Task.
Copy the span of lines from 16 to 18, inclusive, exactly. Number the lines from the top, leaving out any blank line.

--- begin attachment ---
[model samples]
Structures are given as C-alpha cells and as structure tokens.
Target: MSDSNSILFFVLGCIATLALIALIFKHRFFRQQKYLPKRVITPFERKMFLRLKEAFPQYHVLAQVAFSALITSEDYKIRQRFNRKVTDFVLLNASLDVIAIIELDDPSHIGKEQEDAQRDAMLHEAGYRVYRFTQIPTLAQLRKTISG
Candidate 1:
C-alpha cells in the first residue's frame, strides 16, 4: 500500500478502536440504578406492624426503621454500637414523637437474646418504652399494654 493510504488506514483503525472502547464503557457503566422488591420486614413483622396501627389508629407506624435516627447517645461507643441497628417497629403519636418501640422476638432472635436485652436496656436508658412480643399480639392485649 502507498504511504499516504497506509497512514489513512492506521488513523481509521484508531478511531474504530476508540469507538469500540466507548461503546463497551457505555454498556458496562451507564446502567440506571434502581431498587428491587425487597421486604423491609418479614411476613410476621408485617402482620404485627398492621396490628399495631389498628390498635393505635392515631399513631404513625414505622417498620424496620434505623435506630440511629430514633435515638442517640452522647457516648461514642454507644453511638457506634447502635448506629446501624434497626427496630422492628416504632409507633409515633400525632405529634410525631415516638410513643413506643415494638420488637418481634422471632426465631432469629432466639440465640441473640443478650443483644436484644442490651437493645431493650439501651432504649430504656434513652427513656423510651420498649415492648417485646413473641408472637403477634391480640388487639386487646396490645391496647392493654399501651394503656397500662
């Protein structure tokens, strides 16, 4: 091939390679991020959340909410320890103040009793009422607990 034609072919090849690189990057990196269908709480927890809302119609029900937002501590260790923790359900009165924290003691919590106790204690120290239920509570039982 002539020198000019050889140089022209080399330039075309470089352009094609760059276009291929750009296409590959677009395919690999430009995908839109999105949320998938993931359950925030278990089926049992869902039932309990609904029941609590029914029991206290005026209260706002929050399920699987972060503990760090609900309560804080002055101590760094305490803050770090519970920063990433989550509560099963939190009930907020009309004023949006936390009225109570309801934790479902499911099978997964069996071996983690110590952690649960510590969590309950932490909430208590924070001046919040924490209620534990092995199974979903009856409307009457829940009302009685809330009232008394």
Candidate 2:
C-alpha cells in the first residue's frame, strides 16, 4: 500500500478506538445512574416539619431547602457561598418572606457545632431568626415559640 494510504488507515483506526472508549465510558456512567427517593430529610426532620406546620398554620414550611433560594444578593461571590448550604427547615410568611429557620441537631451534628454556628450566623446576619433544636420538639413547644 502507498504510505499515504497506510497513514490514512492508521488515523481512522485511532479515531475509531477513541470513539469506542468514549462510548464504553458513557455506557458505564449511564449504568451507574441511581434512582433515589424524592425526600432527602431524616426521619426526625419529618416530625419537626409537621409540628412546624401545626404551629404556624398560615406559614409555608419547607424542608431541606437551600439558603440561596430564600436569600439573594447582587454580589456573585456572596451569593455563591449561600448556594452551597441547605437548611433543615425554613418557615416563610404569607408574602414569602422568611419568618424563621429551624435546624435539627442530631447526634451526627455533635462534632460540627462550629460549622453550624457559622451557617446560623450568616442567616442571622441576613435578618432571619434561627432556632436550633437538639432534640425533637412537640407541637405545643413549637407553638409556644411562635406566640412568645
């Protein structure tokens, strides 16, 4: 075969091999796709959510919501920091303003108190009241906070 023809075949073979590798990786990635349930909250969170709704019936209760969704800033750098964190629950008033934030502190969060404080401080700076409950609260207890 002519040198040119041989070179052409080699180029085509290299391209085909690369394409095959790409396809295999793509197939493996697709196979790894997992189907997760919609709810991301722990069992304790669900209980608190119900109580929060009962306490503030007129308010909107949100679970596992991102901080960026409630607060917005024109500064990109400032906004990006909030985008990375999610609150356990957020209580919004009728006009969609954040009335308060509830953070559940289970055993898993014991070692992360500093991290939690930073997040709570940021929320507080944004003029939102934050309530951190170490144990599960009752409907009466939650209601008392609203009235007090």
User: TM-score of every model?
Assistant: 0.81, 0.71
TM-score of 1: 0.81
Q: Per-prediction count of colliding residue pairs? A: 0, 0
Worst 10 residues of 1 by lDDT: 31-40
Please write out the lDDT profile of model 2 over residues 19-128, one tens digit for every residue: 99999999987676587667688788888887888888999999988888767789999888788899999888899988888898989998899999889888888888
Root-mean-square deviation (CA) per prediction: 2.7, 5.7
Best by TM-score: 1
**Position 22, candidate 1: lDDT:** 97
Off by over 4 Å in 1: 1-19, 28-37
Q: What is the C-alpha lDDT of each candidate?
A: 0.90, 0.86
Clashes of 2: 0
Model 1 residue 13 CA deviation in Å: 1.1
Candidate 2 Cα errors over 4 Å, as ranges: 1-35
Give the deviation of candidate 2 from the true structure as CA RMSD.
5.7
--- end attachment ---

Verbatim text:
Root-mean-square deviation (CA) per prediction: 2.7, 5.7
Best by TM-score: 1
**Position 22, candidate 1: lDDT:** 97